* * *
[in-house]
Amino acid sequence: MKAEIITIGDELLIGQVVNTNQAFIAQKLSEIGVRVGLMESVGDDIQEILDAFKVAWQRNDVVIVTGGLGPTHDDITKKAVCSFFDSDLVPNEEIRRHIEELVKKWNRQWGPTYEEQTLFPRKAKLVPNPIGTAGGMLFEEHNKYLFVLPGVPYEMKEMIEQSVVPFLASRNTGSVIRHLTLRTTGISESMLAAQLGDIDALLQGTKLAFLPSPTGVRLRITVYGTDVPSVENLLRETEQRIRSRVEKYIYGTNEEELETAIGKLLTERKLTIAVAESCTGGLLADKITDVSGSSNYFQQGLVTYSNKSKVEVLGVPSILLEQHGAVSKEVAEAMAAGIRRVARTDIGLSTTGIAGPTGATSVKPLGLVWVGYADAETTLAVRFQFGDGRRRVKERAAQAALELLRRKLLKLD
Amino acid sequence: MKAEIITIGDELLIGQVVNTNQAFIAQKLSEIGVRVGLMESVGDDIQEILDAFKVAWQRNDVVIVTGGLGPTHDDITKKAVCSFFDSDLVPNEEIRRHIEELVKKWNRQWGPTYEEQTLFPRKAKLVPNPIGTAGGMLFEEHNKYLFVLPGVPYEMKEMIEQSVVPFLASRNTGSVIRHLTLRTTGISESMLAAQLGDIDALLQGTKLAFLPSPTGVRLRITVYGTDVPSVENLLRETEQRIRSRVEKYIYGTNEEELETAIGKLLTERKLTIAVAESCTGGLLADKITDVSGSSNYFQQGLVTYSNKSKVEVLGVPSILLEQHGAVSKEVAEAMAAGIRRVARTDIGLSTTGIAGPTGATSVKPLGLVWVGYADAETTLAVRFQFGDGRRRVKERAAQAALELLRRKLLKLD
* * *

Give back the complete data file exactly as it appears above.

[in-house]
Amino acid sequence: MKAEIITIGDELLIGQVVNTNQAFIAQKLSEIGVRVGLMESVGDDIQEILDAFKVAWQRNDVVIVTGGLGPTHDDITKKAVCSFFDSDLVPNEEIRRHIEELVKKWNRQWGPTYEEQTLFPRKAKLVPNPIGTAGGMLFEEHNKYLFVLPGVPYEMKEMIEQSVVPFLASRNTGSVIRHLTLRTTGISESMLAAQLGDIDALLQGTKLAFLPSPTGVRLRITVYGTDVPSVENLLRETEQRIRSRVEKYIYGTNEEELETAIGKLLTERKLTIAVAESCTGGLLADKITDVSGSSNYFQQGLVTYSNKSKVEVLGVPSILLEQHGAVSKEVAEAMAAGIRRVARTDIGLSTTGIAGPTGATSVKPLGLVWVGYADAETTLAVRFQFGDGRRRVKERAAQAALELLRRKLLKLD
Amino acid sequence: MKAEIITIGDELLIGQVVNTNQAFIAQKLSEIGVRVGLMESVGDDIQEILDAFKVAWQRNDVVIVTGGLGPTHDDITKKAVCSFFDSDLVPNEEIRRHIEELVKKWNRQWGPTYEEQTLFPRKAKLVPNPIGTAGGMLFEEHNKYLFVLPGVPYEMKEMIEQSVVPFLASRNTGSVIRHLTLRTTGISESMLAAQLGDIDALLQGTKLAFLPSPTGVRLRITVYGTDVPSVENLLRETEQRIRSRVEKYIYGTNEEELETAIGKLLTERKLTIAVAESCTGGLLADKITDVSGSSNYFQQGLVTYSNKSKVEVLGVPSILLEQHGAVSKEVAEAMAAGIRRVARTDIGLSTTGIAGPTGATSVKPLGLVWVGYADAETTLAVRFQFGDGRRRVKERAAQAALELLRRKLLKLD